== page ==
b. 1982, Russia

Sanya Kantarovsky Artworks

Sanya Kantarovsky's paintings show ghastly but delicate subjects that appear to be caught in turmoil, as if submerged in endless reflections about the meaning of existence.

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Will to Death

Kantarovsky's subjects appear marked by a will to death. Physically and psychologically at odds with reality, they are left to their own devices on the blank page or set against sombre landscapes that seemingly replicate the insides of their own heads.

This death drive appears evident in Jimmy Page Auto Asphyxiation (2018), in which a young man holds himself up by a cord, or Woe to Wit (2019), where a man in black is coiled in reflection above orange and purple spectres and human skulls.

In Cataract (2019), a bleeding corpse-like man kneels on a sand-white beach as a seagull watches over. With a wrinkled face and a single eye, he clutches his injured arm and looks to viewers with resentment.

Children and Innocence

Representing all phases in the cycle of life, Kantarovsky's works often show children as symbols of beginnings and innocence being sheltered or manipulated.

Accordingly, Good Host and Curtain (both 2019) show a young faceless figure led to a door from which a malicious hand emerges, or with their vision obstructed by the hand of an adult wearing a sour expression.

Printed on washi paper, figures and landscapes are rendered with sharp contours, as if to emphasise the reality of disillusionment.

Meditations on Impermanence

Kantarovsky's painted figures are assembled from elements gathered from illustrations, film, and advertising to offer pointed meditations on anxiety and impermanence.

Highlighting the universality of his concerns, Kantarovsky has said of the painting Violet (2016), a portrait of a man sitting on a train with a dog wearing a red cone, 'it's like a moment that never existed but you feel like you've seen before.'

In the watercolour-and-ink painting Rites in Pumps (2020), a red-heel-wearing Rabbi is arched over a dying woman. Partially distorted by the strokes of watercolour and ink, both bodies evoke the elusivity of death and the artifice of the promises of religion.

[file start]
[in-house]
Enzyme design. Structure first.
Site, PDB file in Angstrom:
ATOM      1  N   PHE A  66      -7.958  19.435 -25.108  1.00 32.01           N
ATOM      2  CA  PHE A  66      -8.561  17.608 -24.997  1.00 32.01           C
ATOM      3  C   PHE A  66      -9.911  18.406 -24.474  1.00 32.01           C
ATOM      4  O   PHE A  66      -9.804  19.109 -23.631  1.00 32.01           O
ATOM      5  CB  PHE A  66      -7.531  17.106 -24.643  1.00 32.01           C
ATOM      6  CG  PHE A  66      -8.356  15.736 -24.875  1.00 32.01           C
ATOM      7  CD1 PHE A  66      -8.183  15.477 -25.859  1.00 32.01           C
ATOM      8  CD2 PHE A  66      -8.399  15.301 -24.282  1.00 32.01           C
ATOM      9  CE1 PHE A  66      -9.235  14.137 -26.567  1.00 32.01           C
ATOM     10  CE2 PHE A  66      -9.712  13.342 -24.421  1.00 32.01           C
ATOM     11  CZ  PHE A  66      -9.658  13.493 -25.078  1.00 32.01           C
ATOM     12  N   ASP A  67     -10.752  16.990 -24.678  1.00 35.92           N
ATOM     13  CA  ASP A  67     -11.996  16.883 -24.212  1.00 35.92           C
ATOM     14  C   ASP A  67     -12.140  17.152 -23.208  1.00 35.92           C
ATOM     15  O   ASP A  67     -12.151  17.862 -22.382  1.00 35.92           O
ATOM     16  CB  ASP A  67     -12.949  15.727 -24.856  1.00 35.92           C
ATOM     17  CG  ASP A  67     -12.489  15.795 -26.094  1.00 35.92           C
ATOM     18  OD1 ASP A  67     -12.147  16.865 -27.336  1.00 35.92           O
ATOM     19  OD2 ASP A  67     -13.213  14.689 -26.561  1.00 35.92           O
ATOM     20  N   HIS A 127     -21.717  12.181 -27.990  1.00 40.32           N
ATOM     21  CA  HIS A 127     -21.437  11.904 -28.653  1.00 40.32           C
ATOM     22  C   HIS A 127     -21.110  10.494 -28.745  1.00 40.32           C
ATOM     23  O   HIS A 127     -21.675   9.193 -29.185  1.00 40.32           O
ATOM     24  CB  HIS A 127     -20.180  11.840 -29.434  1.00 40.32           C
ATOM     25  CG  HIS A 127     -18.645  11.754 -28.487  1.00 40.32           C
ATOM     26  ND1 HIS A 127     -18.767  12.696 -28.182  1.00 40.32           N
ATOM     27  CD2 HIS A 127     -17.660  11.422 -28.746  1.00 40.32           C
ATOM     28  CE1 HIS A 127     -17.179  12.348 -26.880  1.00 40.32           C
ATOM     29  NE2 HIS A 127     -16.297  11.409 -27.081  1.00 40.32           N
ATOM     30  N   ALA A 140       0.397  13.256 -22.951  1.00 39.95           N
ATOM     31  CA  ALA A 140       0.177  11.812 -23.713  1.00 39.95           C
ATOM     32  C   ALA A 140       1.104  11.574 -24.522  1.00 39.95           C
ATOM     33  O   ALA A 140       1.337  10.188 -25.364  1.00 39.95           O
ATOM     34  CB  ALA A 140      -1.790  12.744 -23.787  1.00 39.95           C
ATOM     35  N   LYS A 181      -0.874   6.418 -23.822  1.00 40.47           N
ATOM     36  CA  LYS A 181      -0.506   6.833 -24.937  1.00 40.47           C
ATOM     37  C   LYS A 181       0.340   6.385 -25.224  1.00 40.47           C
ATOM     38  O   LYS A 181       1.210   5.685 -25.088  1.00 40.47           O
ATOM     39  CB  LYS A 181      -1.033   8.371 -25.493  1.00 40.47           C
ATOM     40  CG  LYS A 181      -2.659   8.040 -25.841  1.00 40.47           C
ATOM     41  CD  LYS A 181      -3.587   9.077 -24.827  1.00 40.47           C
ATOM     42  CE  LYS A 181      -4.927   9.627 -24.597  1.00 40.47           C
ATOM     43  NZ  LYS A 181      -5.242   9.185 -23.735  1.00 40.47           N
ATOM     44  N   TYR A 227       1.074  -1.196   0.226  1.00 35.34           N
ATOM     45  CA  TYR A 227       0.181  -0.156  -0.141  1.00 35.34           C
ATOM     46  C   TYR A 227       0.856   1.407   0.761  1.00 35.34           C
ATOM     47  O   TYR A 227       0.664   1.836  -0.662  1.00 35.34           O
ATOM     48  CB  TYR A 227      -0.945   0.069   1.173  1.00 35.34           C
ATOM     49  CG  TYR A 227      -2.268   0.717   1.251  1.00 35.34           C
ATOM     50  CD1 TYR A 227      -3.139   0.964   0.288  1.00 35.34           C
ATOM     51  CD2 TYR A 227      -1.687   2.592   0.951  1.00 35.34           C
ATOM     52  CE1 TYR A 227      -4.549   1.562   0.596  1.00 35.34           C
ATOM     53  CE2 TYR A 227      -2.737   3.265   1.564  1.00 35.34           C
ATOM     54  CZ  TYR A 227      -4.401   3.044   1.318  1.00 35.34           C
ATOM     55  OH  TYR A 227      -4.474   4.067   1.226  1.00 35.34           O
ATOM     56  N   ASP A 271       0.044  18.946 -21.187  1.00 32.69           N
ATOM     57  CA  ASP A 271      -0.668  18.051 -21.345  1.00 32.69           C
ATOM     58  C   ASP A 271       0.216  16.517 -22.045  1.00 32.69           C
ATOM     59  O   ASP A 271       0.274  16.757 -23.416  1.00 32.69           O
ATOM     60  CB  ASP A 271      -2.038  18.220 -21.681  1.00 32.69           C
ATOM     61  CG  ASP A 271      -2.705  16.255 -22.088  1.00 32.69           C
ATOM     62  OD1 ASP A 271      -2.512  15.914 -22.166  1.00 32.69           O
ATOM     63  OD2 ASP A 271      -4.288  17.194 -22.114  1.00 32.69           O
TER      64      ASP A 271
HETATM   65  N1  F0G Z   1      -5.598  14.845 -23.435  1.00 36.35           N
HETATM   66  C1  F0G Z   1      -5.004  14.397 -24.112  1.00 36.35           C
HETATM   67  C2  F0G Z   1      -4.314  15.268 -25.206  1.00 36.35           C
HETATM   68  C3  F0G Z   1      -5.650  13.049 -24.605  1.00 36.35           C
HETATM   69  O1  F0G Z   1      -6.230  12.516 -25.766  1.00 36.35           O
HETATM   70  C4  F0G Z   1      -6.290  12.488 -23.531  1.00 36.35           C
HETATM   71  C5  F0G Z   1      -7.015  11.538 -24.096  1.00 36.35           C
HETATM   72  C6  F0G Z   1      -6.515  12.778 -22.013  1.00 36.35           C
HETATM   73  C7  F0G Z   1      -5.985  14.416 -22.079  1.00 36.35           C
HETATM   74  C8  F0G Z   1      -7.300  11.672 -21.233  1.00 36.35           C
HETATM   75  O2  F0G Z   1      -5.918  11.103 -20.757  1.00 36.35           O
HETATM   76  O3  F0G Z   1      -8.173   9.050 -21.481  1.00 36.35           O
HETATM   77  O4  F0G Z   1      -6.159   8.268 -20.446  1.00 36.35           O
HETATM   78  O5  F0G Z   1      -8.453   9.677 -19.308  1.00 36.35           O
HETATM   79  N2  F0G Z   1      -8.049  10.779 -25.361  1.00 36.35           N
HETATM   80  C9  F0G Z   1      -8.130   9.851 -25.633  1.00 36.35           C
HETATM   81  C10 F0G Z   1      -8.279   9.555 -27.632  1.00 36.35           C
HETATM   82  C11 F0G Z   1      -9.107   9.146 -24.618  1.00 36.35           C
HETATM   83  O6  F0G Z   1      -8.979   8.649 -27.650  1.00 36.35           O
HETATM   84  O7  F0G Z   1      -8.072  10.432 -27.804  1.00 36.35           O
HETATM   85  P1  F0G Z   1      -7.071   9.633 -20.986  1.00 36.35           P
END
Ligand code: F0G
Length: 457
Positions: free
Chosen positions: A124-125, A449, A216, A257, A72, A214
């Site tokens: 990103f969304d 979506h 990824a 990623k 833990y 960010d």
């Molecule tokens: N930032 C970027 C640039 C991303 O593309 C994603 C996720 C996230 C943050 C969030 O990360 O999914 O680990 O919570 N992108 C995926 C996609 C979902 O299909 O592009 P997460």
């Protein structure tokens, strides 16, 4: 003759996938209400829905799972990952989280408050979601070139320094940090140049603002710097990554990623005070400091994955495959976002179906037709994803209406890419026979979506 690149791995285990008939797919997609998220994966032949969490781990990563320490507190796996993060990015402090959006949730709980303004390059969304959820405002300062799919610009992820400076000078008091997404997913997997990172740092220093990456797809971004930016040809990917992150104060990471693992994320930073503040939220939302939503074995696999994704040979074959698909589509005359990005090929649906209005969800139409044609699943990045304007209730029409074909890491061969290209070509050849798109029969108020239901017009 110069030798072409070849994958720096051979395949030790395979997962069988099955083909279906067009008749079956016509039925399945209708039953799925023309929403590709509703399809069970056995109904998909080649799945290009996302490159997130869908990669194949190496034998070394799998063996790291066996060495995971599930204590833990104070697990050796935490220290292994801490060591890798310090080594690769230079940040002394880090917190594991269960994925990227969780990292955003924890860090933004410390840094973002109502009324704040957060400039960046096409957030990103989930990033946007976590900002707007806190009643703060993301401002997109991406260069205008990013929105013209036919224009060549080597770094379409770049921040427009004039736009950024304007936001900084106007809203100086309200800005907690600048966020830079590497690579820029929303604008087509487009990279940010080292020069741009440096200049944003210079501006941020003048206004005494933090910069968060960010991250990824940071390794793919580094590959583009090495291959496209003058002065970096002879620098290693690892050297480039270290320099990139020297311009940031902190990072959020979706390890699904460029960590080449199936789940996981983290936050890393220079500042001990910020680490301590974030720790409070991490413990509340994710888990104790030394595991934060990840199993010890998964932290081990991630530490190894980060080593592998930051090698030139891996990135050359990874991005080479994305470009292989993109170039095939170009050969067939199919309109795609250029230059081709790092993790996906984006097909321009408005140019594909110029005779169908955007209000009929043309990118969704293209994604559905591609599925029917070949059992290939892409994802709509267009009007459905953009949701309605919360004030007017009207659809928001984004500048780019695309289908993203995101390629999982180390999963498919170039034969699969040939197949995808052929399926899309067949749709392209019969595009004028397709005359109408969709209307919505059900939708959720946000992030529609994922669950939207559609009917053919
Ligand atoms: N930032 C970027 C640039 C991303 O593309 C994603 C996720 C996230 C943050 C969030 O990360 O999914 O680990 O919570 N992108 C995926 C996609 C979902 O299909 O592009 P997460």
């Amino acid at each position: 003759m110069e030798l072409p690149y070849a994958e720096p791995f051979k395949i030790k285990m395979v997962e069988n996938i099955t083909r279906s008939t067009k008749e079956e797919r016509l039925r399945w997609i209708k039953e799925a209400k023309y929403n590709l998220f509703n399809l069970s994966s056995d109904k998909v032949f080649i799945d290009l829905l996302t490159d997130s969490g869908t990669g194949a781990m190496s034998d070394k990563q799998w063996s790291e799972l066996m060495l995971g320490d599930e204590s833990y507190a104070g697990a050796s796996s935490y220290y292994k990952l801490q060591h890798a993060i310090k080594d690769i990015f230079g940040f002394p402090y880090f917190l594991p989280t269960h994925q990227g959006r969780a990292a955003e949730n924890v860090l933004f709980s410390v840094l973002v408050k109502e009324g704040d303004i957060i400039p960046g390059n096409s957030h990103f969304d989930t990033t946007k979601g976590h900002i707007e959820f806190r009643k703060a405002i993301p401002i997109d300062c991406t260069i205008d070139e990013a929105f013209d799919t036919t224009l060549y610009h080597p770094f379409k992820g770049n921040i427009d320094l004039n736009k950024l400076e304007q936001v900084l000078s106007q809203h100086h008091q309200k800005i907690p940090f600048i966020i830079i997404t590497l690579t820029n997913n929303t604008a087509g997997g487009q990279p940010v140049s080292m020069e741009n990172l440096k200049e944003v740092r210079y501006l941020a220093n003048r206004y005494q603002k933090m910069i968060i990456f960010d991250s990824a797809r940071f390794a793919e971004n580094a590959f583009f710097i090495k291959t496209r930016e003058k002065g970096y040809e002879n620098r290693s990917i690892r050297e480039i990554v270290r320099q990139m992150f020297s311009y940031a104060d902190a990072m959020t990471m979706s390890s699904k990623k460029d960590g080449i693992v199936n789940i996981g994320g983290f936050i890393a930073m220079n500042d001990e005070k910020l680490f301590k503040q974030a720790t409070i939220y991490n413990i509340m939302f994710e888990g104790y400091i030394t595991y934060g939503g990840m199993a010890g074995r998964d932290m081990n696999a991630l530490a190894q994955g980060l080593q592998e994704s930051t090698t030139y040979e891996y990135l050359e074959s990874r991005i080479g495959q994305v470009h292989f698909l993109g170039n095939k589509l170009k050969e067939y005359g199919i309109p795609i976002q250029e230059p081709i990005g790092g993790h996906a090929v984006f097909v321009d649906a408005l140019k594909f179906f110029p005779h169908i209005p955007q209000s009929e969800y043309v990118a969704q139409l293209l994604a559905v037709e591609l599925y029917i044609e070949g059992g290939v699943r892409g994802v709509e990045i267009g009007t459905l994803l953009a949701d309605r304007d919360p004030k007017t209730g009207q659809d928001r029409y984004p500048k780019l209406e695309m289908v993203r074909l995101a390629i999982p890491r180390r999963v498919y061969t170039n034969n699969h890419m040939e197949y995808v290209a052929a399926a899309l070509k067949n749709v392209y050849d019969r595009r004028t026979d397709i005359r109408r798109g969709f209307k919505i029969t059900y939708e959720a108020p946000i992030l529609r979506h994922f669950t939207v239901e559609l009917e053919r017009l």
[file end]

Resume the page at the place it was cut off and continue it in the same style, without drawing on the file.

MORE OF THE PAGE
Just as stark, Uramado (2020) shows a ghostly woman with angular bangs and hollowed eyes looking towards the viewer while behind, a bald man lays flat on the ground with his teeth sunken into a brick.

Browse Artworks
Woe to Wit by Sanya Kantarovsky contemporary artwork painting, works on paper, print
Sanya Kantarovsky Woe to Wit, 2019 Woodblock print on washi paper
47 x 33 cm
Asia Art Archive
Good Host by Sanya Kantarovsky contemporary artwork print
Sanya Kantarovsky Good Host, 2019 Woodblock print on washi paper
47 x 33 cm
Taka Ishii Gallery Contact Gallery
Curtain by Sanya Kantarovsky contemporary artwork print
Sanya Kantarovsky Curtain, 2019 Woodblock print on washi paper
40 x 29.5 cm
Taka Ishii Gallery Contact Gallery
Cataract by Sanya Kantarovsky contemporary artwork print
Sanya Kantarovsky Cataract, 2019 Woodblock print on washi paper
40.5 x 32 cm
Taka Ishii Gallery Contact Gallery
Woe to Wit by Sanya Kantarovsky contemporary artwork print
Sanya Kantarovsky Woe to Wit, 2019 Woodblock print on washi paper
47 x 33 cm
Taka Ishii Gallery Contact Gallery
Meat by Sanya Kantarovsky contemporary artwork painting
Sanya Kantarovsky Meat, 2019 Oil and watercolor on canvas
40.6 x 30.5 cm
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Taka Ishii Gallery
Baba II by Sanya Kantarovsky contemporary artwork works on paper
Sanya Kantarovsky Baba II, 2019 Monotype
50.4 x 39.7 cm
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Taka Ishii Gallery
Jimmy Page Auto Asphyxiation by Sanya Kantarovsky contemporary artwork works on paper
Sanya Kantarovsky Jimmy Page Auto Asphyxiation, 2018 Monotype
76.4 x 57.4 cm
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Taka Ishii Gallery
Bobik II by Sanya Kantarovsky contemporary artwork works on paper
Sanya Kantarovsky Bobik II, 2019 Monotype
49.8 x 39.3 cm
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Taka Ishii Gallery
Boring Flames (teal) by Sanya Kantarovsky contemporary artwork works on paper
Sanya Kantarovsky Boring Flames (teal), 2019 Monotype
50.6 x 39.9 cm
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Taka Ishii Gallery
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